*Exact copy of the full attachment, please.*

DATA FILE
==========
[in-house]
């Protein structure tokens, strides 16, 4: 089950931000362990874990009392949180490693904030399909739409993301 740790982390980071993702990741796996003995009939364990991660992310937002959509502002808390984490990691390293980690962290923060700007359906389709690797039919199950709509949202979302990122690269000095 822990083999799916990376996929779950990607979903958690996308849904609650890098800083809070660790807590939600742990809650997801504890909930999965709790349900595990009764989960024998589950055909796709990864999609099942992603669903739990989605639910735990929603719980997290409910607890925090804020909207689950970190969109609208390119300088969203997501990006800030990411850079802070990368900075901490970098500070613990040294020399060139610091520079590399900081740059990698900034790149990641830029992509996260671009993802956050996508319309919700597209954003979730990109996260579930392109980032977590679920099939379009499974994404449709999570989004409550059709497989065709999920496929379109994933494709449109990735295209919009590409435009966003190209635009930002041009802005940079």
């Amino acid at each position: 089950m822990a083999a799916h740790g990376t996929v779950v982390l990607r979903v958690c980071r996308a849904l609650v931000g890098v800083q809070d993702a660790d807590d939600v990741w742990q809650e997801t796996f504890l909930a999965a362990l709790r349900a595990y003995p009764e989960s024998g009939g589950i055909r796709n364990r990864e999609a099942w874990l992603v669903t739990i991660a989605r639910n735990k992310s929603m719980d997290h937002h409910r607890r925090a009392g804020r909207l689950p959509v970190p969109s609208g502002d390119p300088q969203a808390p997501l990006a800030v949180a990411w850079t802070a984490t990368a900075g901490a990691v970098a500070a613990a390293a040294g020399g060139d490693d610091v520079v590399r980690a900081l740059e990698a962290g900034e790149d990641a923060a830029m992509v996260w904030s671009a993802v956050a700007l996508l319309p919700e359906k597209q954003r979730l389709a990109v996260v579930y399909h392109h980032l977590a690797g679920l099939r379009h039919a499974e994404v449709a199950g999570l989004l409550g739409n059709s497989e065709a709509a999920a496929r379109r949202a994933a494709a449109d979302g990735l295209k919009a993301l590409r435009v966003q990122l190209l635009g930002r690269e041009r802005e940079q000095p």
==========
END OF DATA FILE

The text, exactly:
[in-house]
């Protein structure tokens, strides 16, 4: 089950931000362990874990009392949180490693904030399909739409993301 740790982390980071993702990741796996003995009939364990991660992310937002959509502002808390984490990691390293980690962290923060700007359906389709690797039919199950709509949202979302990122690269000095 822990083999799916990376996929779950990607979903958690996308849904609650890098800083809070660790807590939600742990809650997801504890909930999965709790349900595990009764989960024998589950055909796709990864999609099942992603669903739990989605639910735990929603719980997290409910607890925090804020909207689950970190969109609208390119300088969203997501990006800030990411850079802070990368900075901490970098500070613990040294020399060139610091520079590399900081740059990698900034790149990641830029992509996260671009993802956050996508319309919700597209954003979730990109996260579930392109980032977590679920099939379009499974994404449709999570989004409550059709497989065709999920496929379109994933494709449109990735295209919009590409435009966003190209635009930002041009802005940079």
């Amino acid at each position: 089950m822990a083999a799916h740790g990376t996929v779950v982390l990607r979903v958690c980071r996308a849904l609650v931000g890098v800083q809070d993702a660790d807590d939600v990741w742990q809650e997801t796996f504890l909930a999965a362990l709790r349900a595990y003995p009764e989960s024998g009939g589950i055909r796709n364990r990864e999609a099942w874990l992603v669903t739990i991660a989605r639910n735990k992310s929603m719980d997290h937002h409910r607890r925090a009392g804020r909207l689950p959509v970190p969109s609208g502002d390119p300088q969203a808390p997501l990006a800030v949180a990411w850079t802070a984490t990368a900075g901490a990691v970098a500070a613990a390293a040294g020399g060139d490693d610091v520079v590399r980690a900081l740059e990698a962290g900034e790149d990641a923060a830029m992509v996260w904030s671009a993802v956050a700007l996508l319309p919700e359906k597209q954003r979730l389709a990109v996260v579930y399909h392109h980032l977590a690797g679920l099939r379009h039919a499974e994404v449709a199950g999570l989004l409550g739409n059709s497989e065709a709509a999920a496929r379109r949202a994933a494709a449109d979302g990735l295209k919009a993301l590409r435009v966003q990122l190209l635009g930002r690269e041009r802005e940079q000095p």